With babies, you can get away with that. However you might find yourself a little close for older subjects who want some personal space (assuming you are going to be framing your shots like the ones above).
I don't quite get your point. Most adults, especially those of middle age and beyond, hate close-up photos, so you have to step back, regardless of the lens being used. The posted baby photos are good examples of how the FA43 renders at f1.9 and f2.8. Even the ring highlights in the last two are not at all unpleasant, which is pretty impressive for f1.9.

Rob
06-04-2011, 02:46 PM   #27
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QuoteOriginally posted by robgo2 Quote
Although I agree to a certain extent, I would point out that some people consider the FA43 to be old school, while the DA40 is modern.
It's a pretty dramatic continuum from vintage FA 50 -- FA 43 -- DA 40. The 40 looks ultramodern.

QuoteOriginally posted by robgo2 Quote
Most adults, especially those of middle age and beyond, hate close-up photos, so you have to step back, regardless of the lens being used.
Yes, so tighter framing require a longer focal length. My point is that shots of adults like you posted of the children would be difficult. I had that experience with my 40.

I think, at the end of the day, the decision between the 43 and 50 should be based primarily on rendering preference, and even more importantly, focal length (which is the most important attribute of any lens).

The 43 is a great lens, but if you are debating between it and the 50, one might want to consider the lens' primary purpose. If you are planning on shooting a lot of portraits, a 50 or 55 might serve you better. 43 is better for environmental portraiture / general purpose lens (31 or 35 is even better).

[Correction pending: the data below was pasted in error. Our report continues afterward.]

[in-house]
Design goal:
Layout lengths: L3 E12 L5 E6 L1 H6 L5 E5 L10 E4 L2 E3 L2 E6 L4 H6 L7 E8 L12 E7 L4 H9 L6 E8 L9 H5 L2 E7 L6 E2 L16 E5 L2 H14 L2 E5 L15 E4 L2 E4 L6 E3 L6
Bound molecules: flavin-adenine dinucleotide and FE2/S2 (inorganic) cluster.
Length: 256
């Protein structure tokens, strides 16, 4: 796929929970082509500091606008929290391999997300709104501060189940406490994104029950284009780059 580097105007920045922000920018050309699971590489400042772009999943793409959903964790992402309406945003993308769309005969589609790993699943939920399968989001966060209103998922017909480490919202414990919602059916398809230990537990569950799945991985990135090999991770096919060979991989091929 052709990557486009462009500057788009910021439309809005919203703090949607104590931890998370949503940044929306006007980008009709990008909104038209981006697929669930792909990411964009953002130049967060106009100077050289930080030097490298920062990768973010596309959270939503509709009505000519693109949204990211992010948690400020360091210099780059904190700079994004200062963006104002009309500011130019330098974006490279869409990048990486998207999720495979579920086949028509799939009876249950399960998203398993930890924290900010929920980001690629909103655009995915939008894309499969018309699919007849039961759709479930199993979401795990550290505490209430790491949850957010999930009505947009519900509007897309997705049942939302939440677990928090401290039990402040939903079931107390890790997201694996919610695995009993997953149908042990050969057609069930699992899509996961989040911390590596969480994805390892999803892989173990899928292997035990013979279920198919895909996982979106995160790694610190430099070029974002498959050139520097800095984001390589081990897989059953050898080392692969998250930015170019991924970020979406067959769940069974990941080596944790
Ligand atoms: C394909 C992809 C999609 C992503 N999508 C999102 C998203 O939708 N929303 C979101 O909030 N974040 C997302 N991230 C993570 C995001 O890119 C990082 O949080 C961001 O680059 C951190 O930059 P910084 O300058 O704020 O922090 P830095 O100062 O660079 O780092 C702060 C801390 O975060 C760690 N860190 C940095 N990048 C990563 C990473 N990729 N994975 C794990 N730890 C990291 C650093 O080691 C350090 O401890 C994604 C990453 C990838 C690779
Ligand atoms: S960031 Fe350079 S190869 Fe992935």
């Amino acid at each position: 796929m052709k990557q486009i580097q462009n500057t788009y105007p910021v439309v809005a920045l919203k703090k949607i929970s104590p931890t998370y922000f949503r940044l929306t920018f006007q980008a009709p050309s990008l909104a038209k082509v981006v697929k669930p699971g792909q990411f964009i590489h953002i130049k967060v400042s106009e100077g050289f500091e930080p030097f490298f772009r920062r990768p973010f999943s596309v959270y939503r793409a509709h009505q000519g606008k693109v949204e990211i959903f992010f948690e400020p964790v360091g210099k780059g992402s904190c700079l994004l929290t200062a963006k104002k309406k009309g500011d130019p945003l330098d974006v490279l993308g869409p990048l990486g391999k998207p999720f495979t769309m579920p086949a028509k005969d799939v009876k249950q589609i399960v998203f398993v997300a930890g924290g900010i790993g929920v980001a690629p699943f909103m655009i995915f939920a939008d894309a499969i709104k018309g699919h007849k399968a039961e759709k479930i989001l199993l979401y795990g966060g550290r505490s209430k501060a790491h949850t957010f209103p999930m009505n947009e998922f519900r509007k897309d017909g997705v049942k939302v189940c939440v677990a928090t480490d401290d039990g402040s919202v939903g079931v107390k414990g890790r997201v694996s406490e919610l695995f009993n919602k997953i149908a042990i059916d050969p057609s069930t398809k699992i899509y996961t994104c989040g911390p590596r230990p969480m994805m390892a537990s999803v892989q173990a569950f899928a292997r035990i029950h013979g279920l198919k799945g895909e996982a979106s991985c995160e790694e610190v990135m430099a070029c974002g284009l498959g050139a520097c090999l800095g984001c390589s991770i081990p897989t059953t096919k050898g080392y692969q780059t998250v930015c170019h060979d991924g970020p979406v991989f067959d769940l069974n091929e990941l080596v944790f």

Unlike a lot of people, I look at the focal length of a lens first. I think that is how one should select a prime, since you are pretty much dedicating yourself to a very specific perspective.
06-04-2011, 02:58 PM   #28
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QuoteOriginally posted by paperbag846 Quote
It's a pretty dramatic continuum from vintage FA 50 -- FA 43 -- DA 40. The 40 looks ultramodern.



Yes, so tighter framing require a longer focal length. My point is that shots of adults like you posted of the children would be difficult. I had that experience with my 40.

I think, at the end of the day, the decision between the 43 and 50 should be based primarily on rendering preference, and even more importantly, focal length (which is the most important attribute of any lens).

The 43 is a great lens, but if you are debating between it and the 50, one might want to consider the lens' primary purpose. If you are planning on shooting a lot of portraits, a 50 or 55 might serve you better. 43 is better for environmental portraiture / general purpose lens (31 or 35 is even better).

Unlike a lot of people, I look at the focal length of a lens first. I think that is how one should select a prime, since you are pretty much dedicating yourself to a very specific perspective.
Have to agree on that.-







06-04-2011, 03:53 PM   #29
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Have you looked at this thread yet?
I've been spoiled by the FA 43mm Ltd.... - PentaxForums.com
06-04-2011, 04:05 PM   #30
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QuoteOriginally posted by Ash Quote
Great stuff over there, Ash, thanks.

Focal length wise, I think this 43 is just about right. The 50mm was a little longer (for a standard lens) than I like, and the 35 is ok; the 43 feels... very good. It's vying with the Helios 44m for camera time right now.